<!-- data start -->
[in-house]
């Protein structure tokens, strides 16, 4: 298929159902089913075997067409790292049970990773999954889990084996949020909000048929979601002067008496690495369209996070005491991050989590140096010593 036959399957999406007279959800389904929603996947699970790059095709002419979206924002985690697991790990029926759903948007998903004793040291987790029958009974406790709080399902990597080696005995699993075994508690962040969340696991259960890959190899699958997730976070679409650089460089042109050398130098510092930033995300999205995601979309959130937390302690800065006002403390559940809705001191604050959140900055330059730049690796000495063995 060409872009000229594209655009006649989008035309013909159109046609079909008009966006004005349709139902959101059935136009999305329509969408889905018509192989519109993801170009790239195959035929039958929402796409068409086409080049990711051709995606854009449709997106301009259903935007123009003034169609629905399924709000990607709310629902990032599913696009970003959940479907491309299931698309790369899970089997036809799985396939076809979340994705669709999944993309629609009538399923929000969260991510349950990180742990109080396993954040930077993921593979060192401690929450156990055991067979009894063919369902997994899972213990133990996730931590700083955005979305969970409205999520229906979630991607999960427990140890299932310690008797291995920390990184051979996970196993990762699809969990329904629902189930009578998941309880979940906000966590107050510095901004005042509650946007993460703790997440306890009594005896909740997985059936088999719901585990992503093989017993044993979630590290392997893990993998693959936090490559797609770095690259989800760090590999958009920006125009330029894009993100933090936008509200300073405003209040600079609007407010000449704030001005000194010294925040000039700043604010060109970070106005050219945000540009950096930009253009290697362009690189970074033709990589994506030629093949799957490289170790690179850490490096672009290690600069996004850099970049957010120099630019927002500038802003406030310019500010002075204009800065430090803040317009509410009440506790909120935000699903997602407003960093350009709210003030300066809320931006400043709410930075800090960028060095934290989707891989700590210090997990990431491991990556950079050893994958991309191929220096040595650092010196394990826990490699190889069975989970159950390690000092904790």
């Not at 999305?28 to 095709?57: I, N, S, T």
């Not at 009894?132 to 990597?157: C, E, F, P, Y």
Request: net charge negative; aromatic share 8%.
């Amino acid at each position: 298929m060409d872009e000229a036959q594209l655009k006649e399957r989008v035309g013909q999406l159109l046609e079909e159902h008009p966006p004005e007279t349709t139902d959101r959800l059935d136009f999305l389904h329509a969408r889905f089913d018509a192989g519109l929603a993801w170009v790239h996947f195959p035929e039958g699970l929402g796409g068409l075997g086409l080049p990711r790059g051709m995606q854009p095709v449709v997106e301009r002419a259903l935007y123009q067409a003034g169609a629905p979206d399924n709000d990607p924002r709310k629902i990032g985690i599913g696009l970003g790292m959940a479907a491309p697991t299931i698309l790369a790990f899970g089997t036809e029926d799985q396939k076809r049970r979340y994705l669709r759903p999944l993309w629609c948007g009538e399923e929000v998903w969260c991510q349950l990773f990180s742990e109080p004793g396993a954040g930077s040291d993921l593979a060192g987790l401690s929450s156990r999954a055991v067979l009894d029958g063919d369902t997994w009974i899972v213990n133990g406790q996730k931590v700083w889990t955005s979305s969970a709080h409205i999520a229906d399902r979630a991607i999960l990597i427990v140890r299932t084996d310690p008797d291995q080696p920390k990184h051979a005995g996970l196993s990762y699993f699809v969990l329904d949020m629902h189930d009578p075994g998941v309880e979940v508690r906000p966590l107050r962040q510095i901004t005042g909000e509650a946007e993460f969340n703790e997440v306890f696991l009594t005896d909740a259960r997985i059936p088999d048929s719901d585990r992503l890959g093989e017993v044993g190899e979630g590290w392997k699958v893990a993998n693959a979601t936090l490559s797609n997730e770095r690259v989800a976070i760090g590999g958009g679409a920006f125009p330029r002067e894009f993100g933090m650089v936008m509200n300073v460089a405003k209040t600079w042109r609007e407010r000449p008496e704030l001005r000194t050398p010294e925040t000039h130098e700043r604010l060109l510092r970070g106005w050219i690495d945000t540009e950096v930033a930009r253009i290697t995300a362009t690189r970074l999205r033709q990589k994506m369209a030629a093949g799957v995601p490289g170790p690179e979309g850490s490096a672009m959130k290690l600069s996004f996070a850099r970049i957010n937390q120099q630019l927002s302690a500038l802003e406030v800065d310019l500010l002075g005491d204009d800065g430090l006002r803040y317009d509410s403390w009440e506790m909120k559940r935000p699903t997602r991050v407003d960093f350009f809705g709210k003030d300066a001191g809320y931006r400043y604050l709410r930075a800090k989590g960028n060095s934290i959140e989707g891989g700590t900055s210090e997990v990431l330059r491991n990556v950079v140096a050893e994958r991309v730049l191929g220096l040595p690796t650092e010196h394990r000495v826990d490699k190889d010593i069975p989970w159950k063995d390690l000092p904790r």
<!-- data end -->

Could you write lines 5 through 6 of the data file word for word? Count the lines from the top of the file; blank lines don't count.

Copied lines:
Request: net charge negative; aromatic share 8%.
């Amino acid at each position: 298929m060409d872009e000229a036959q594209l655009k006649e399957r989008v035309g013909q999406l159109l046609e079909e159902h008009p966006p004005e007279t349709t139902d959101r959800l059935d136009f999305l389904h329509a969408r889905f089913d018509a192989g519109l929603a993801w170009v790239h996947f195959p035929e039958g699970l929402g796409g068409l075997g086409l080049p990711r790059g051709m995606q854009p095709v449709v997106e301009r002419a259903l935007y123009q067409a003034g169609a629905p979206d399924n709000d990607p924002r709310k629902i990032g985690i599913g696009l970003g790292m959940a479907a491309p697991t299931i698309l790369a790990f899970g089997t036809e029926d799985q396939k076809r049970r979340y994705l669709r759903p999944l993309w629609c948007g009538e399923e929000v998903w969260c991510q349950l990773f990180s742990e109080p004793g396993a954040g930077s040291d993921l593979a060192g987790l401690s929450s156990r999954a055991v067979l009894d029958g063919d369902t997994w009974i899972v213990n133990g406790q996730k931590v700083w889990t955005s979305s969970a709080h409205i999520a229906d399902r979630a991607i999960l990597i427990v140890r299932t084996d310690p008797d291995q080696p920390k990184h051979a005995g996970l196993s990762y699993f699809v969990l329904d949020m629902h189930d009578p075994g998941v309880e979940v508690r906000p966590l107050r962040q510095i901004t005042g909000e509650a946007e993460f969340n703790e997440v306890f696991l009594t005896d909740a259960r997985i059936p088999d048929s719901d585990r992503l890959g093989e017993v044993g190899e979630g590290w392997k699958v893990a993998n693959a979601t936090l490559s797609n997730e770095r690259v989800a976070i760090g590999g958009g679409a920006f125009p330029r002067e894009f993100g933090m650089v936008m509200n300073v460089a405003k209040t600079w042109r609007e407010r000449p008496e704030l001005r000194t050398p010294e925040t000039h130098e700043r604010l060109l510092r970070g106005w050219i690495d945000t540009e950096v930033a930009r253009i290697t995300a362009t690189r970074l999205r033709q990589k994506m369209a030629a093949g799957v995601p490289g170790p690179e979309g850490s490096a672009m959130k290690l600069s996004f996070a850099r970049i957010n937390q120099q630019l927002s302690a500038l802003e406030v800065d310019l500010l002075g005491d204009d800065g430090l006002r803040y317009d509410s403390w009440e506790m909120k559940r935000p699903t997602r991050v407003d960093f350009f809705g709210k003030d300066a001191g809320y931006r400043y604050l709410r930075a800090k989590g960028n060095s934290i959140e989707g891989g700590t900055s210090e997990v990431l330059r491991n990556v950079v140096a050893e994958r991309v730049l191929g220096l040595p690796t650092e010196h394990r000495v826990d490699k190889d010593i069975p989970w159950k063995d390690l000092p904790r």